By Ed O’Brien
WWII Maj. General John F. (“Jack”) Curry presided over training of 2 million airmen, founded the Civil Air Patrol (The Air Force Auxiliary), and built Peterson, Nellis, and Wright-Paterson Air Force Bases, among many other facilities. Four-Hundred and twenty-four airbases, auxiliary fields, depots, and bombing ranges to be exact.
|John F. ("Jack") Curry reviewing troops |
at Sacramento Field, 1944
And, in the end, “Jack Curry” was also a Mile High Chapter Red Cross Volunteer. Though his name may have slipped into the past, his legacy continues to this day.
After the War, Jack lived in the Hilltop neighborhood of Denver. He’d retired from the Air Force in 1947. Curry was one of only six men who were both an Air Force and Army Air Corps General.
His achievements were great. His career was complete. But, his life was far from over.
In the years following his retirement, Jack went to find volunteers in oddest places. Places where no one else thought to look. Bars, cloistered churches, and hovels.
As head of the local Boy Scout Council, he went looking for troop leaders at the American Legion and VFW Halls. There the retired General discovered virtuous men without jobs, unsure of their future, and even without kids… yet.
|Curry in Dress uniform shortly before his retirement ceremony.|
He put fire back into men worn out by war but ready for a different service.
You see, Jack was more than a Boy Scout… he was a talent scout. He could see a job and talk a person into seeing that job too. And not unsurprisingly, he’d get them to envision that they were the person to do that very job. Jack was a down-to-earth, humble, and for a General a rather soft spoken kind of guy. Even if you didn’t love him… you liked him.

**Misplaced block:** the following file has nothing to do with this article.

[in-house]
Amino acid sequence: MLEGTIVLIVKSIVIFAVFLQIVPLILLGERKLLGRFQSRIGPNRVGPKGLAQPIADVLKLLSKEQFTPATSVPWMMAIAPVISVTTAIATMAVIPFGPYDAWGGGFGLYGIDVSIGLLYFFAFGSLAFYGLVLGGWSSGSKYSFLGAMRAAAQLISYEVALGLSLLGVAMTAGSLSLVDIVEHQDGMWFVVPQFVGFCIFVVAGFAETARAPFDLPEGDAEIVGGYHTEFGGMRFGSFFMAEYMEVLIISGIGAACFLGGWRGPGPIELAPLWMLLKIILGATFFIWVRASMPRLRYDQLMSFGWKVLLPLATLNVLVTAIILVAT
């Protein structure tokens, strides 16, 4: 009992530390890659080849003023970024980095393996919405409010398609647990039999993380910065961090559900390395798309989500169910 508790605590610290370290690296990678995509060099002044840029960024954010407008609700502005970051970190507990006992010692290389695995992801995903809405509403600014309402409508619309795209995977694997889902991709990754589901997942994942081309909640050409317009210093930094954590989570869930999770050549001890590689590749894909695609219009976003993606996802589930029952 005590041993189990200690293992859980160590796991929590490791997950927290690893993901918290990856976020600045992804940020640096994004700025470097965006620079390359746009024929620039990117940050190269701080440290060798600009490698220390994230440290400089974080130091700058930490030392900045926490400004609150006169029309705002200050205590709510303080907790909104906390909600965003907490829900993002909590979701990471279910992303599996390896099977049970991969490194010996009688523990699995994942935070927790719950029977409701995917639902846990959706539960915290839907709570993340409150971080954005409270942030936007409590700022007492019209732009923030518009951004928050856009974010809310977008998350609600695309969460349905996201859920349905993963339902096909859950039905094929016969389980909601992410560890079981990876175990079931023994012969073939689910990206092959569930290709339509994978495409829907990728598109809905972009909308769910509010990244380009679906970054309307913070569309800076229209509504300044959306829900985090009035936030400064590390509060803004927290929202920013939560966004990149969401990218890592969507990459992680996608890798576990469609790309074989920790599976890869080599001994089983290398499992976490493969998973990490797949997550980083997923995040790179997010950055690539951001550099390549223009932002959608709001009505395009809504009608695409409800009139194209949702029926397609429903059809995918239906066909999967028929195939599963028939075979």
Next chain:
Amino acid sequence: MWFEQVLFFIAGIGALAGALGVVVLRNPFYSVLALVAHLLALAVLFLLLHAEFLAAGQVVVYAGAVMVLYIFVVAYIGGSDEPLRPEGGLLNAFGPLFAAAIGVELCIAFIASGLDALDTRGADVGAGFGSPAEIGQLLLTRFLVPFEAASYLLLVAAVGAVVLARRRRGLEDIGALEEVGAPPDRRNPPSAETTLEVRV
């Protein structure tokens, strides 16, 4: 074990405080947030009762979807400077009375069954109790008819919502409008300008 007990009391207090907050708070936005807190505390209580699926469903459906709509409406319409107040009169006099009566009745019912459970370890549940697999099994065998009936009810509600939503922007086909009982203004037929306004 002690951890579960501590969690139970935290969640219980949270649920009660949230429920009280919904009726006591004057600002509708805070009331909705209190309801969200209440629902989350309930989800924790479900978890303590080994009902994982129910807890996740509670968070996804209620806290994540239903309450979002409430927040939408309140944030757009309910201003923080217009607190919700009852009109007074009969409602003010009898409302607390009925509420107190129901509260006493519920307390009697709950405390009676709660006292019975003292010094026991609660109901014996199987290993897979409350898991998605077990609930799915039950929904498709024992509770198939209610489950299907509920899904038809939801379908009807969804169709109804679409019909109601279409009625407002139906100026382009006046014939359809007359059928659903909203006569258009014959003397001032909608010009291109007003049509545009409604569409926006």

|Orville Wright, then Maj. Curry and Charles Lindbergh |
during construction of Wright Patterson Field in 1927.
After WWII, Jack was summoned to use his talents to assist the Red Cross.
During the War, everyone volunteered in the Red Cross: Moms with boys overseas. Wives waiting at home. Kids, parents, lawyers, doctors and nurses, bell-hops and bartenders -- even parolees lent a hand. It was the thing to do.
Everyone volunteered except those “drafted” into the Red Cross. Conscientious Objectors who proved they were against military service on moral grounds were drafted into Alternative Civilian Service and the Red Cross was one of the beneficiaries. So there were “draftees” in the Red Cross. However, that is yet another great story… for later.
But after WWII, Red Cross Volunteer numbers were down. So Jack Curry set out to find new blood where no one thought to look. Again, VFW Halls, American Legion Posts, and Anti-Military Churches such as the Brethren, Mennonites, Amish, and Seventh Day Adventists. Jack knew where to look.
Jack’s reasoning was sound: These were people with passionate beliefs, people who’d shown that service was important -- all they’d need was a place and a calling. The Red Cross was that place and that calling.
|Maj. Gen. John F. Curry's grave can be found at |
Ft. Logan National Cemetery. Photo by Ed O'Brien
Maj. Gen. John F. Curry died in Denver in 1973. He is buried, along with his wife Eleanor, at Ft. Logan National Cemetery. His Grave is in Section Q number 4172.
This Memorial Day, should you be in the vicinity of Fort Logan National Cemetery, John Francis Curry, Maj. Gen. Army Air Corps, is worth your salute. Be an angel and look for his place of peace.